Before beginning data preprocessing, we did an explorative confound analysis into pupil size confounds. Notable pupil size confounds, such as pupil foreshortening error might influence pupil size measurements and therefore introduce biases in eye-tracking data (Hayes & Petrov, 2016). Since machine learning approaches are sensitive to biases in data, we decided to explore these possible biases in more detail. First, we decided to include an additional analysis into spatial biases in relation to the pupil size. The reason for this is that possible spatial biases in fixation planes could influence pupil size. Therefore, we analyzed the cleaned data for possible biases in the horizontal and vertical planes for both trial type and block type conditions. We analyzed all endpoints of fixations in both the horizontal and vertical planes in the data, given the different trial/block types. Additionally, we ran an additional statistical analysis to analyze possible pupil foreshortening errors. To investigate possible spatial biases given the different trial and block types, we compared the differences between these groups on fixation locations in both the horizontal and vertical plane. The distributions of these locations were found to violate normality assumptions, and therefore required non-parametric testing. For all combinations of comparisons (horizontal/vertical and trial type/block type: 2x2) Kruskall-Wallis analysis of variance was used to determine whether there are differences in the average spatial biases per group. Results for both of these analyses are found in Tables 2 and 3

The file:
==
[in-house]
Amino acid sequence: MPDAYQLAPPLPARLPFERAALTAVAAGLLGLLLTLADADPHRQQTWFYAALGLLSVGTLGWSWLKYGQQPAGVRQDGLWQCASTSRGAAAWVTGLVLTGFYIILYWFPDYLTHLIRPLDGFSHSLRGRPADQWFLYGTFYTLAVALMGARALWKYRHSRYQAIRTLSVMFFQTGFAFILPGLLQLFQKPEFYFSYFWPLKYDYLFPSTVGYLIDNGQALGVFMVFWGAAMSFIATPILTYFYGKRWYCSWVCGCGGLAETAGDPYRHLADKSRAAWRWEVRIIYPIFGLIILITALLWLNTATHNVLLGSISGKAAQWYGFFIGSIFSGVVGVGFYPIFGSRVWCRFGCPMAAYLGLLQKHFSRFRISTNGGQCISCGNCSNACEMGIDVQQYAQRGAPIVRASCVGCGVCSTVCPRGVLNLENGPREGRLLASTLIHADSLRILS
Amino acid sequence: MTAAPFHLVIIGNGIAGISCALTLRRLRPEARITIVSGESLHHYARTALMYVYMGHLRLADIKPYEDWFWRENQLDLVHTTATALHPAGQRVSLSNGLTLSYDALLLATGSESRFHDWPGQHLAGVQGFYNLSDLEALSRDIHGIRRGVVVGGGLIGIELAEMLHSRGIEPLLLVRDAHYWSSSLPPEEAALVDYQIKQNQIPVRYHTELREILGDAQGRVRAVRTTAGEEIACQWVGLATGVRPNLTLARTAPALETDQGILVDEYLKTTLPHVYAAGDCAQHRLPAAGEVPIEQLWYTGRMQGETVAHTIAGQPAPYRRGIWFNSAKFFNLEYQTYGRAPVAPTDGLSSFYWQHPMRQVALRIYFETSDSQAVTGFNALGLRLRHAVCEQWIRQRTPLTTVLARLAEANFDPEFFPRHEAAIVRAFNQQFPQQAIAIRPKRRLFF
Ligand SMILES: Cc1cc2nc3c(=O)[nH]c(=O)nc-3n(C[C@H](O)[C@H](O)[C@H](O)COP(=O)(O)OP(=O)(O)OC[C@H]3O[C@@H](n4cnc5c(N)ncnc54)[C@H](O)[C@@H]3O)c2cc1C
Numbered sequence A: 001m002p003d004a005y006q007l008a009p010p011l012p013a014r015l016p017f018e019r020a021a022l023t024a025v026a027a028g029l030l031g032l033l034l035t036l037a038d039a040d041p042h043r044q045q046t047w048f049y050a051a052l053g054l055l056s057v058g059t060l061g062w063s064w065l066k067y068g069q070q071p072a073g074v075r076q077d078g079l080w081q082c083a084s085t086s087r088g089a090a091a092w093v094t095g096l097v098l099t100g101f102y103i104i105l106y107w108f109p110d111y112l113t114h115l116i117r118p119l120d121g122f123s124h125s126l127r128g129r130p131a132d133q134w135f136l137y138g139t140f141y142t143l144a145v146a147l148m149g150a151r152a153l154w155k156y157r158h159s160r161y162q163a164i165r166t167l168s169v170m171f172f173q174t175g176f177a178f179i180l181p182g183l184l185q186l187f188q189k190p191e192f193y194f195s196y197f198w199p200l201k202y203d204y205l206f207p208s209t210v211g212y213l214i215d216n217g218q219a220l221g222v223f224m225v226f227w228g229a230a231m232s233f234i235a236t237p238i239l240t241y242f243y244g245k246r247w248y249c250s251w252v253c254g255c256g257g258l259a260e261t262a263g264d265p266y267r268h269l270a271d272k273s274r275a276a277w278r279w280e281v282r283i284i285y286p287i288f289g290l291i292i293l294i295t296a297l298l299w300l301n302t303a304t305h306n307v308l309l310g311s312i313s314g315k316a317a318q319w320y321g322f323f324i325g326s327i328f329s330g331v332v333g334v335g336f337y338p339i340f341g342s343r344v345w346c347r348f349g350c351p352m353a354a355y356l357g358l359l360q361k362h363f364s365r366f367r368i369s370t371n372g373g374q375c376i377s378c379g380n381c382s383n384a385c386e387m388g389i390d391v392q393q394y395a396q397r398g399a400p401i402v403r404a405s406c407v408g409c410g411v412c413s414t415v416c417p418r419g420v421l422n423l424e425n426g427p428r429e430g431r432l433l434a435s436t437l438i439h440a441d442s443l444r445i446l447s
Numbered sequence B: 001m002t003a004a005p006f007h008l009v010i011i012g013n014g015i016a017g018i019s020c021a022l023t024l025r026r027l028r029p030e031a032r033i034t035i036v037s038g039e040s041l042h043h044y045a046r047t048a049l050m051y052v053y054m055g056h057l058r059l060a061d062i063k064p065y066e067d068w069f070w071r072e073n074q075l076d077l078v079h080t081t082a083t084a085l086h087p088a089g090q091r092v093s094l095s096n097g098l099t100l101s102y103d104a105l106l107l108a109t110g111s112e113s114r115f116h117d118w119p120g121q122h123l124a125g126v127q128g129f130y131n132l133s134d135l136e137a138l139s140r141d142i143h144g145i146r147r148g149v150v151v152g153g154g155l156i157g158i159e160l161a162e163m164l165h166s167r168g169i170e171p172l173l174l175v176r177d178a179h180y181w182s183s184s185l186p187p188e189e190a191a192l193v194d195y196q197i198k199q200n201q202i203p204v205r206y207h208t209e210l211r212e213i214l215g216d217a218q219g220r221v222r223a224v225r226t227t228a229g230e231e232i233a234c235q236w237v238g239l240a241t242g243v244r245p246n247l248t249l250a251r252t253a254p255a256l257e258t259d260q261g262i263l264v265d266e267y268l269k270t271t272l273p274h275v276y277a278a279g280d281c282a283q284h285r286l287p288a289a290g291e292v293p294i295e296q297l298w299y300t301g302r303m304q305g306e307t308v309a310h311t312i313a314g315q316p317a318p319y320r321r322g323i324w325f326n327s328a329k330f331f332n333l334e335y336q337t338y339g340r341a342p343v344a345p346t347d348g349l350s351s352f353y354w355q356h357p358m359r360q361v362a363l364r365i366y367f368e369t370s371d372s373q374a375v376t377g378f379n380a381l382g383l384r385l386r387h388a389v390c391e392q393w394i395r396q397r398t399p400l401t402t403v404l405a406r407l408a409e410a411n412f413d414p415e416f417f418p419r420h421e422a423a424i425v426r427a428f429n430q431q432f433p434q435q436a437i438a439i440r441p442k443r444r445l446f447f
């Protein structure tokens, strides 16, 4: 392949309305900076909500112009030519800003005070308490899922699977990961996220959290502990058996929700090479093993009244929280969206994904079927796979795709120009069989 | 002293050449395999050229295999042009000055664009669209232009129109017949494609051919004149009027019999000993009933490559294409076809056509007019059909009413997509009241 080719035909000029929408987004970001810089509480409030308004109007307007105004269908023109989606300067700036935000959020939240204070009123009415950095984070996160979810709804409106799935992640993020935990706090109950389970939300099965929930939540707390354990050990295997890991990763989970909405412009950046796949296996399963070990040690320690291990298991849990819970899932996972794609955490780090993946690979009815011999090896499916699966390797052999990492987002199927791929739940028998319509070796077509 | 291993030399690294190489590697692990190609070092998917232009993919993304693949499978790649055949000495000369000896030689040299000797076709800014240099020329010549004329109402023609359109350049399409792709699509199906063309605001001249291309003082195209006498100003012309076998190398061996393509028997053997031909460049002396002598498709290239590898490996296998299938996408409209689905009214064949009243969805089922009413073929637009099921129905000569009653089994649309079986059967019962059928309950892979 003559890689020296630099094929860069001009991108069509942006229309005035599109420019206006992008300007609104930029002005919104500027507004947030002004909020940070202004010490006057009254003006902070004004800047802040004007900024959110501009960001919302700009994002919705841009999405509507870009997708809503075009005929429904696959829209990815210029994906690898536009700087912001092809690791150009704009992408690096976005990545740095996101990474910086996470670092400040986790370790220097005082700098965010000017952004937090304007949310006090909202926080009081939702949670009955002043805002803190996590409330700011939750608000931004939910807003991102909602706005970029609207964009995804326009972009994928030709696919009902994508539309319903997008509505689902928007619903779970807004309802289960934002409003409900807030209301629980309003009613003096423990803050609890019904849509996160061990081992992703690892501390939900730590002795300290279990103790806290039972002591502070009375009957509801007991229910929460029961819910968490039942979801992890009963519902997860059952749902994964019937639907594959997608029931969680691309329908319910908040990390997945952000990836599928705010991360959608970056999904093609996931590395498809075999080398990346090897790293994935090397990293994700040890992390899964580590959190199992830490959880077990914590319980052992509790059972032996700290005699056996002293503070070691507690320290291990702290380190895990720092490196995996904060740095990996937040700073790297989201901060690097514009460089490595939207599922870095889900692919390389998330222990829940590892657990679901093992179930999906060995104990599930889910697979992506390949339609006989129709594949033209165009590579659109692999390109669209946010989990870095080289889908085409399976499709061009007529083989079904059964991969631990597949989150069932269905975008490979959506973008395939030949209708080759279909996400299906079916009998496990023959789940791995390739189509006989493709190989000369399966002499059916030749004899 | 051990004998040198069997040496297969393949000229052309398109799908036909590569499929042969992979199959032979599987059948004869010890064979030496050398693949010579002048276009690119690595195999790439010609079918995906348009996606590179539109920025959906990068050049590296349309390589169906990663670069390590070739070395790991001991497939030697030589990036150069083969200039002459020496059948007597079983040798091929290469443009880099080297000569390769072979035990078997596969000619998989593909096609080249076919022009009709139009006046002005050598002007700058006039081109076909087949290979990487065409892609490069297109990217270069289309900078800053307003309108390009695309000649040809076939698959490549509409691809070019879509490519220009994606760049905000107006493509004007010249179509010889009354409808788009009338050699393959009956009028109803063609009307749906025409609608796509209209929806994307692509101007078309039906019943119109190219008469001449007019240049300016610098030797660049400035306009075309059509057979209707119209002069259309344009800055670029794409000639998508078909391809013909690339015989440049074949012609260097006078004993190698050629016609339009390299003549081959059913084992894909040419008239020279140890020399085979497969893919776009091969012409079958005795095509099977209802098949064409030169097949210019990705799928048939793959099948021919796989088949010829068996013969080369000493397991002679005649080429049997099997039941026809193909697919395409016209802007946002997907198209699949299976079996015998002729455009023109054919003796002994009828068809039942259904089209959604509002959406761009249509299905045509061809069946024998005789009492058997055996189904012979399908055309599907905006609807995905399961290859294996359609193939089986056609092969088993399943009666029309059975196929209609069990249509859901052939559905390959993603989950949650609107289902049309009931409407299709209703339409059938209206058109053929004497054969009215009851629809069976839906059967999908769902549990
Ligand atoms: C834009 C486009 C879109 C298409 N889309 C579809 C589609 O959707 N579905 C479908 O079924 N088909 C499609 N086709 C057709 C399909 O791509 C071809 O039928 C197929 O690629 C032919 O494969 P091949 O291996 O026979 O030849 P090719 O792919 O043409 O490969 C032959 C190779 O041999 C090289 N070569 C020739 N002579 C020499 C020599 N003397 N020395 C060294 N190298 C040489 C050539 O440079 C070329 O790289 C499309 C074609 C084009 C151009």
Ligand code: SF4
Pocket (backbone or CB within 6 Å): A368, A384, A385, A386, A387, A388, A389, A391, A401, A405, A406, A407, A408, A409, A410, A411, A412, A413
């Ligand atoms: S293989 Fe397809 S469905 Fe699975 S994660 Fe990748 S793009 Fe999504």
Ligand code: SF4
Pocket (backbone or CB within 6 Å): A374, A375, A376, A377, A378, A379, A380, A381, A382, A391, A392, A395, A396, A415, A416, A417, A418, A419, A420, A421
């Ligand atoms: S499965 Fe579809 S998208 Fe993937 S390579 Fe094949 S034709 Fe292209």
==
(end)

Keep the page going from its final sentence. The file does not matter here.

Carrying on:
Table 2.
 
Overview of spatial means and standard deviations for trial type conditions. Deviations as a function of condition represent differences in the horizontal/vertical plane. However, these differences were relatively small for trial type conditions.
Table 2.